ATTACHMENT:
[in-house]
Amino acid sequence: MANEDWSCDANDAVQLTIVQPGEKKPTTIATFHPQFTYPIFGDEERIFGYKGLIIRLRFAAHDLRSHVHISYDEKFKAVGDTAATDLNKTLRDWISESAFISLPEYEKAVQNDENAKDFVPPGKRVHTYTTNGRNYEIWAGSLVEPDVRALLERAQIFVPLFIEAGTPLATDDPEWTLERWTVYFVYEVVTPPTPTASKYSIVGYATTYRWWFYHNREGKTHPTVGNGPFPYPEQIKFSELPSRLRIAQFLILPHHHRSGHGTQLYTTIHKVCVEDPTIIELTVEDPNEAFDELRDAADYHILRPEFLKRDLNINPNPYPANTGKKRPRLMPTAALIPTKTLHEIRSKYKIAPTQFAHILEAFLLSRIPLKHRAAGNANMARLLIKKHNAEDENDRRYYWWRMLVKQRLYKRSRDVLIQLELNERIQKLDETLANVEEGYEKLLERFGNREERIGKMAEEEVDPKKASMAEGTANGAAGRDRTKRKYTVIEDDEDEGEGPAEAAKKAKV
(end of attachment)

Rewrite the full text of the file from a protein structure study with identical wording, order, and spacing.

[in-house]
Amino acid sequence: MANEDWSCDANDAVQLTIVQPGEKKPTTIATFHPQFTYPIFGDEERIFGYKGLIIRLRFAAHDLRSHVHISYDEKFKAVGDTAATDLNKTLRDWISESAFISLPEYEKAVQNDENAKDFVPPGKRVHTYTTNGRNYEIWAGSLVEPDVRALLERAQIFVPLFIEAGTPLATDDPEWTLERWTVYFVYEVVTPPTPTASKYSIVGYATTYRWWFYHNREGKTHPTVGNGPFPYPEQIKFSELPSRLRIAQFLILPHHHRSGHGTQLYTTIHKVCVEDPTIIELTVEDPNEAFDELRDAADYHILRPEFLKRDLNINPNPYPANTGKKRPRLMPTAALIPTKTLHEIRSKYKIAPTQFAHILEAFLLSRIPLKHRAAGNANMARLLIKKHNAEDENDRRYYWWRMLVKQRLYKRSRDVLIQLELNERIQKLDETLANVEEGYEKLLERFGNREERIGKMAEEEVDPKKASMAEGTANGAAGRDRTKRKYTVIEDDEDEGEGPAEAAKKAKV